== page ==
Just over a week ago, Samsung introduced a 5G version of the budget Galaxy A23 smartphone in Taiwan. The company has now decided to bring it to the U.S. with an attractive asking price of $300 for an unlocked unit.
To recall, the LTE version the Galaxy A23 has been on sale in U.S. stores since March of this year. The most obvious change introduced by the A23 5G is, well, 5G support. However, Samsung has also bumped up the screen refresh rate to 120Hz, which is quite a surprising perk for a phone in this price bracket.
The rest of the phone is not too shabby either. The design follows in the footsteps of its more premium siblings like the well-received Galaxy A53 5G and the Galaxy A73. Unfortunately, it appears that Samsung is only bringing the Tide Black trim to the U.S. market, and not the more appealing Mist Blue and Peach models.
Smooth screen, versatile cameras
Ont the front you get a 6.6-inch Full HD+ display with a 120Hz refresh rate and adaptive tech behind it. But do keep in mind that this is still an LCD panel and not an OLED display, which isn’t surprising given the Galaxy A23 5G’s asking price.
Samsung hasn’t cut any serious corners in the camera department either. Leading the charge is a 50-megapixel main camera, sitting alongside a 5MP snapper for ultrawide photography.
There are a couple of 2MP sensors as well, for depth capture and macro photography, respectively. The selfie camera is a fairly modest affair at just 8MP, housed in a teardrop-shaped notch at the top. For Samsung purists, this notch aesthetic goes by the name Infinity-V.
A good silicon choice
Qualcomm’s Snapdragon 695 chipset runs the show under the hood, married to 4GB of RAM and 64GB onboard storage. Buyers will be pleased to find a microSD card slot that allows storage expansion by another 1TB. Samsung, you should extend this love to flagships too.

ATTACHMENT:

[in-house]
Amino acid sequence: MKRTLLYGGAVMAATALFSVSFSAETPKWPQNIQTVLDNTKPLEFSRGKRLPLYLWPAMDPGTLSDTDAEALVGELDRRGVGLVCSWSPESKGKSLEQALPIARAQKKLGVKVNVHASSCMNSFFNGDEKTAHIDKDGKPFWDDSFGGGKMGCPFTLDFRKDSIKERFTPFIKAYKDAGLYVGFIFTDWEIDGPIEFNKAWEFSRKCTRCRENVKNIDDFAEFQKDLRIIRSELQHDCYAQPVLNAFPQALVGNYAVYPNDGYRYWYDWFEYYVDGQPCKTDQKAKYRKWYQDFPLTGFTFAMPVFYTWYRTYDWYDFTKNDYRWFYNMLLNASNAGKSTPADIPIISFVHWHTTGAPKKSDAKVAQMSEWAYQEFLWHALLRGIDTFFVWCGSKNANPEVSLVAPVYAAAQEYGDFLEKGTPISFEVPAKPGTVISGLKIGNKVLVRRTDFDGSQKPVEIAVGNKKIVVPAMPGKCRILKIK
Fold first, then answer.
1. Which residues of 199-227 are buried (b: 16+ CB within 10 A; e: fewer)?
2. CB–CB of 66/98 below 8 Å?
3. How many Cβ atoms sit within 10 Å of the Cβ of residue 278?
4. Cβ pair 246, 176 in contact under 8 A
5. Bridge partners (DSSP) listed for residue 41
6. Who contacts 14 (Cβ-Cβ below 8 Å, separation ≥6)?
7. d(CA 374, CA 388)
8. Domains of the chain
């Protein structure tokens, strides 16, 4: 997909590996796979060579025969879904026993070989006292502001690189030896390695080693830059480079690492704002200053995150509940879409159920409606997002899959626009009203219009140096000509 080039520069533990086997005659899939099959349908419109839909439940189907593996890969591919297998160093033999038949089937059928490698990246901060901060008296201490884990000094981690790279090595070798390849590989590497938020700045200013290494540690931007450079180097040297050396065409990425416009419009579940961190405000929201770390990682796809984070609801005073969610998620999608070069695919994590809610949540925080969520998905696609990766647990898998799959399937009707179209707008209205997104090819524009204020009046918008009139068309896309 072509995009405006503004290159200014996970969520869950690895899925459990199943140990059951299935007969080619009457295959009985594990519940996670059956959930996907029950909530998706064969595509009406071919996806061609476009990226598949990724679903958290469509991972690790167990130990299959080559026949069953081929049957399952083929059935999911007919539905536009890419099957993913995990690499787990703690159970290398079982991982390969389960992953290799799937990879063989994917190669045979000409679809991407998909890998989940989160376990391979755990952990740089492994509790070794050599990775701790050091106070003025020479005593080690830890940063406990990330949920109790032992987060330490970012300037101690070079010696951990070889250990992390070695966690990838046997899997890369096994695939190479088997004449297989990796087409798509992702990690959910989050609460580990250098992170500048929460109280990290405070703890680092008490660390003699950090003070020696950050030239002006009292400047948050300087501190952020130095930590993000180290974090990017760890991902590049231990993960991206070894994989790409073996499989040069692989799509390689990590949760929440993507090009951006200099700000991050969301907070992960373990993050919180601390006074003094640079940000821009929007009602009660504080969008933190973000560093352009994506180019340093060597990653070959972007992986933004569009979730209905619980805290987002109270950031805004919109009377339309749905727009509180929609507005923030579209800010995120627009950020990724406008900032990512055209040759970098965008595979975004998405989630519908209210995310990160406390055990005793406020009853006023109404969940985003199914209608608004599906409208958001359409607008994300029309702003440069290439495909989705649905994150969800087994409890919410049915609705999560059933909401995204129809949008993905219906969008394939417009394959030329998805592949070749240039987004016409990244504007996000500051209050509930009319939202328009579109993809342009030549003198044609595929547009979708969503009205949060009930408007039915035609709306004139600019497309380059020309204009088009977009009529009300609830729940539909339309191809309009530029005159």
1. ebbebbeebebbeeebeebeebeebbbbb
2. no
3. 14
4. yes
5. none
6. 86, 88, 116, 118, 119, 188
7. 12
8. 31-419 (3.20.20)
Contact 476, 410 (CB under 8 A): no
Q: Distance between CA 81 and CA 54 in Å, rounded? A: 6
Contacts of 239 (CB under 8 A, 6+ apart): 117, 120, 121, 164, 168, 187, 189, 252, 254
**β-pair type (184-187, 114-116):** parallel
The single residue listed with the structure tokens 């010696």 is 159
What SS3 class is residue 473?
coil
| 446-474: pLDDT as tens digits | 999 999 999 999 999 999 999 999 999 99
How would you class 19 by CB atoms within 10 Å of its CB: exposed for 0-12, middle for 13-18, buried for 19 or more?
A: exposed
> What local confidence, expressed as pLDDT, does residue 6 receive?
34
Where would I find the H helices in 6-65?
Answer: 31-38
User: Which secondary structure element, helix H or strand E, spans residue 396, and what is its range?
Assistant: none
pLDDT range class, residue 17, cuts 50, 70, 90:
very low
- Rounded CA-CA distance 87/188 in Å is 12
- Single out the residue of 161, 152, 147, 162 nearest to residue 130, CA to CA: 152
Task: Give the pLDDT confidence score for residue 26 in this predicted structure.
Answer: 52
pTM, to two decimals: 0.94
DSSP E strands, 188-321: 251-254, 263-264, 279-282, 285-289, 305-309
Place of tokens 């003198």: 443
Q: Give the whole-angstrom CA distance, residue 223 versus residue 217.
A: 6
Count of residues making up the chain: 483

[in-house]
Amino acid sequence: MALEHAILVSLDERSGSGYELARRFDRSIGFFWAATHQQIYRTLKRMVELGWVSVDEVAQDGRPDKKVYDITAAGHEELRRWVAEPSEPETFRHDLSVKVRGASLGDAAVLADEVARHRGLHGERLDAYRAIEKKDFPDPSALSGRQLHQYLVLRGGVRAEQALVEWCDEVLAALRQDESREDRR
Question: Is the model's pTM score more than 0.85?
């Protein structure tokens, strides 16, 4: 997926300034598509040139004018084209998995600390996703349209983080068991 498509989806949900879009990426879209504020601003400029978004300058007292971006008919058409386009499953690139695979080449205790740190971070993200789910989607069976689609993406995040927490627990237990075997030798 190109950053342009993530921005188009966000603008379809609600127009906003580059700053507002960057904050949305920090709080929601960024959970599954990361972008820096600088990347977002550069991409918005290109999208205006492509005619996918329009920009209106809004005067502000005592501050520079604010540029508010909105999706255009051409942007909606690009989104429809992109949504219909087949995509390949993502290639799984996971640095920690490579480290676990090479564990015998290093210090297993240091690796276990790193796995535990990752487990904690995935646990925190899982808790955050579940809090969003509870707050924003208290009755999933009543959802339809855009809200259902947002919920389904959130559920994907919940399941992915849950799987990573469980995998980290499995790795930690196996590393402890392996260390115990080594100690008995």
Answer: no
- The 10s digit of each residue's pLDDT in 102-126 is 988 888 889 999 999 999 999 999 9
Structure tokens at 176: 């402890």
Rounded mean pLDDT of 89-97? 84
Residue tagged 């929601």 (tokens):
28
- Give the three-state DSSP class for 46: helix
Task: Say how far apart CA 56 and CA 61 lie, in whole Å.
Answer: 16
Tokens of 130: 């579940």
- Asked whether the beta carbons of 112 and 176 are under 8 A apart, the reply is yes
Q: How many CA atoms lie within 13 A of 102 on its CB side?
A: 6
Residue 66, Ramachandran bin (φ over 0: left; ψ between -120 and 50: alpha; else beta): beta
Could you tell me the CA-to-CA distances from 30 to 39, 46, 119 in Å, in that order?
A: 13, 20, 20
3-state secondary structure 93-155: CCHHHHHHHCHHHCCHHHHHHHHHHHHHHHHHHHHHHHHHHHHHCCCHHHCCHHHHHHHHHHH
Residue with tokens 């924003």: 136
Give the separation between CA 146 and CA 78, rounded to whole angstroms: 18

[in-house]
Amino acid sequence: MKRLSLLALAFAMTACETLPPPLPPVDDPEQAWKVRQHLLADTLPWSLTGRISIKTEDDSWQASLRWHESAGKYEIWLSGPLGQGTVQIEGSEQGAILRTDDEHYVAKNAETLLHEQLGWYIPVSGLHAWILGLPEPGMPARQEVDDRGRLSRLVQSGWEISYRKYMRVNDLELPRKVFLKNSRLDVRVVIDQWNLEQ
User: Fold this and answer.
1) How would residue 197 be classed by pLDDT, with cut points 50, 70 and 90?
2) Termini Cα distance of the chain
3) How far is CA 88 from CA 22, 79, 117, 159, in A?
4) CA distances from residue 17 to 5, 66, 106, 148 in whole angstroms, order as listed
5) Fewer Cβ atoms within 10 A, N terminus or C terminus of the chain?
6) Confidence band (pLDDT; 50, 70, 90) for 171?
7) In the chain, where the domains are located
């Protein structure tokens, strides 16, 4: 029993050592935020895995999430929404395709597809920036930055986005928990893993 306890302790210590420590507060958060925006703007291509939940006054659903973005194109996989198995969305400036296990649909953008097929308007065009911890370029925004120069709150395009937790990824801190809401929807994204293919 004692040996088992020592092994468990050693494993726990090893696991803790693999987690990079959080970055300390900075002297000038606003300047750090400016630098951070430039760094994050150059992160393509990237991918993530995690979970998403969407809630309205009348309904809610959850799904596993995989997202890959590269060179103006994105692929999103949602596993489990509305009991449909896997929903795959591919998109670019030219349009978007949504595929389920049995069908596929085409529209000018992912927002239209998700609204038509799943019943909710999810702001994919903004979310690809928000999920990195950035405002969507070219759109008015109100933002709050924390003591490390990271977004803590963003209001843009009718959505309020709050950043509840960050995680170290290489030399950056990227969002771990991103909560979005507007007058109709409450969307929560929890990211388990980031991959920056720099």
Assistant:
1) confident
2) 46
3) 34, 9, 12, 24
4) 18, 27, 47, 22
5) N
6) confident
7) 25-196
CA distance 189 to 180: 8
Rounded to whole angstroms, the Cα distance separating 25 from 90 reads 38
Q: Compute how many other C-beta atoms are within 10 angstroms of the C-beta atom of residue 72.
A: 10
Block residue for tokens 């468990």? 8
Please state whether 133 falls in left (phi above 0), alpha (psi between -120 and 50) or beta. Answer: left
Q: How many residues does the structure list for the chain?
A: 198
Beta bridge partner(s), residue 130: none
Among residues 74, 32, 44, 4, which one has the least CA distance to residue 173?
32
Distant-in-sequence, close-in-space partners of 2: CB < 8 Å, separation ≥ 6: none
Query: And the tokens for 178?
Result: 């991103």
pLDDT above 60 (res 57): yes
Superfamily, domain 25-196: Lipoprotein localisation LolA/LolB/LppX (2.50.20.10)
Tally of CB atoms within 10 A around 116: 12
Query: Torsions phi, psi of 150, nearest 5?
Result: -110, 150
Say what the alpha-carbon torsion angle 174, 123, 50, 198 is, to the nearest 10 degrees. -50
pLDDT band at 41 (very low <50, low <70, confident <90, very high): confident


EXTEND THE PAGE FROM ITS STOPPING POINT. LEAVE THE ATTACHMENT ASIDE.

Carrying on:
I’ve personally tested the aforementioned Qualcomm chip ticking inside phones like the OnePlus Nord CE 2 Lite, Xiaomi Redmi Note 11 Pro+ 5G, and the Vivo T1 — and came out thoroughly impressed by its performance.
It’s cool to see Samsung making a wise choice and not going with one of its low-end Exynos chips for the Galaxy A23 5G. A fairly beefy 5,000 mAh battery keeps the lights on, but there’s no wireless charging perk or blazing-fast wired charging (capped at 25 watts) benefit to be found here.
The Galaxy A23 5G remains loyal to the cause of the 3.5mm headphone jack, so that’s a relief. Interestingly, QuickShare is also part of the package, allowing the phone to seamlessly pair with gadgets like Samsung’s own smartwatches and true wireless earbuds (like the Galaxy Buds 2 Pro).
If you’re intrigued by the overall package, the Galaxy A23 5G will be up for grabs from Samsung’s official website and retail outlets starting today. On the carrier compatibility side of things, T-Mobile and AT&T have got you covered.
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